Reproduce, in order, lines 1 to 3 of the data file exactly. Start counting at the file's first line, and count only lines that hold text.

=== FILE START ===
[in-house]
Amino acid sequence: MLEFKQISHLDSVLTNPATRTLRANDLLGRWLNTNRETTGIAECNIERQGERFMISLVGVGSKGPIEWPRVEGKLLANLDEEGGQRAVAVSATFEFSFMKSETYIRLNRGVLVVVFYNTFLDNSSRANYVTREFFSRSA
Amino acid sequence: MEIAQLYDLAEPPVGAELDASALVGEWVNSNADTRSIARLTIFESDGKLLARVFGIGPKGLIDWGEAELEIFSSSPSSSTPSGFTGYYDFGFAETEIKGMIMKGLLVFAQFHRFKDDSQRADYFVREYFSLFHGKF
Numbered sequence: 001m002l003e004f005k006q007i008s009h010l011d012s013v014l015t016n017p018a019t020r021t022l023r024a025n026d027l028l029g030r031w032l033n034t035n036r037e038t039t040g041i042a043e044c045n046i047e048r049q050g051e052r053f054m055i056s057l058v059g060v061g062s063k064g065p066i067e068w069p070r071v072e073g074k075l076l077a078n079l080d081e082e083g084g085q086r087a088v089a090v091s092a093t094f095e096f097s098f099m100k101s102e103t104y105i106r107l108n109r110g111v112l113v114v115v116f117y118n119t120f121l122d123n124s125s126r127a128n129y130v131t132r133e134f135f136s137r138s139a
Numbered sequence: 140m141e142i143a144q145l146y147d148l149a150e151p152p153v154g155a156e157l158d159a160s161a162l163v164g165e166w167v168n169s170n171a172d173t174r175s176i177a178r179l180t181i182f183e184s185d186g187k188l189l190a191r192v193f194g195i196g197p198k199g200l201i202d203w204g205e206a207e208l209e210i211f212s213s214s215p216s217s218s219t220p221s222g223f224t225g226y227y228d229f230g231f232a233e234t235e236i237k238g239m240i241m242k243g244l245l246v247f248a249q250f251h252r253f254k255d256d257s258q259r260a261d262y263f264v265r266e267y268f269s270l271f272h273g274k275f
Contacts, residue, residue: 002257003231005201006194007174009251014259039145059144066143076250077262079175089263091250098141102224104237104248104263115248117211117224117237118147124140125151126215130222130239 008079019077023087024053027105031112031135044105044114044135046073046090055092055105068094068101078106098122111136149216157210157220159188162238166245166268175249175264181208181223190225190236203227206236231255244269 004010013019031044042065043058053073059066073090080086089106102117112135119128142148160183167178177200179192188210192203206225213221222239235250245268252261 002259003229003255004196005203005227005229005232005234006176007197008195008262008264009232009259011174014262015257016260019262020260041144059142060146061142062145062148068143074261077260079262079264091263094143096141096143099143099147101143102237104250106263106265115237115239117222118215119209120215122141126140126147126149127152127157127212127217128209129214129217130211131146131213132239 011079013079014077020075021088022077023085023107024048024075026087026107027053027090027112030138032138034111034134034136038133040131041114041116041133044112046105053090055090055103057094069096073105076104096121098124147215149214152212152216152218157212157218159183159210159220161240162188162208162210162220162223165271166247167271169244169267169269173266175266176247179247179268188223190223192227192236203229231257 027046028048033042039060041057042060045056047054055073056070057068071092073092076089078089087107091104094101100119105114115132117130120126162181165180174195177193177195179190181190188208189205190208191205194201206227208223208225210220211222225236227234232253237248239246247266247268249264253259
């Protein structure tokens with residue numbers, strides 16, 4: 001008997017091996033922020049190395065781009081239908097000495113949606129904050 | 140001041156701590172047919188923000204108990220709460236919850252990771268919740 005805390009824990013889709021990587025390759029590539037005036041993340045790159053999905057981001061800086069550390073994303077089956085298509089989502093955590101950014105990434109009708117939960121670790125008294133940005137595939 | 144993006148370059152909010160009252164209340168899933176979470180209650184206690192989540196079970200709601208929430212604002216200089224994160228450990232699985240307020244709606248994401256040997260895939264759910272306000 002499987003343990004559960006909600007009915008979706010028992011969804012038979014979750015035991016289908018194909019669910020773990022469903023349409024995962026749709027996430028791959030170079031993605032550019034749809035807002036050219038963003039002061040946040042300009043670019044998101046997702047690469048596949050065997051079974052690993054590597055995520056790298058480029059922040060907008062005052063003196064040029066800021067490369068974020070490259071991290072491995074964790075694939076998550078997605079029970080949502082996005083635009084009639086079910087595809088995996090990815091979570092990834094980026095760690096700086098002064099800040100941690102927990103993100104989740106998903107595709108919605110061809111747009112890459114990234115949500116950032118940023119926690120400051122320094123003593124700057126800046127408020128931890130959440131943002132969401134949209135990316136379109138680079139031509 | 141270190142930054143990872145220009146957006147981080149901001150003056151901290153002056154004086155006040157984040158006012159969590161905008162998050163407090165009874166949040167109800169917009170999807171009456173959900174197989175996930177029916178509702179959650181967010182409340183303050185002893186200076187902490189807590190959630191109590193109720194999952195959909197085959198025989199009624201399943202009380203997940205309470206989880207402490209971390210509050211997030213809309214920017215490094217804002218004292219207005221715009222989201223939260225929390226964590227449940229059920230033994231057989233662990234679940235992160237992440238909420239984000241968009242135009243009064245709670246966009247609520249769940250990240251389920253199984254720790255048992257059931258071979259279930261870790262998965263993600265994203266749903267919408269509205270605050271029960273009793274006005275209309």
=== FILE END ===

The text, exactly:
[in-house]
Amino acid sequence: MLEFKQISHLDSVLTNPATRTLRANDLLGRWLNTNRETTGIAECNIERQGERFMISLVGVGSKGPIEWPRVEGKLLANLDEEGGQRAVAVSATFEFSFMKSETYIRLNRGVLVVVFYNTFLDNSSRANYVTREFFSRSA
Amino acid sequence: MEIAQLYDLAEPPVGAELDASALVGEWVNSNADTRSIARLTIFESDGKLLARVFGIGPKGLIDWGEAELEIFSSSPSSSTPSGFTGYYDFGFAETEIKGMIMKGLLVFAQFHRFKDDSQRADYFVREYFSLFHGKF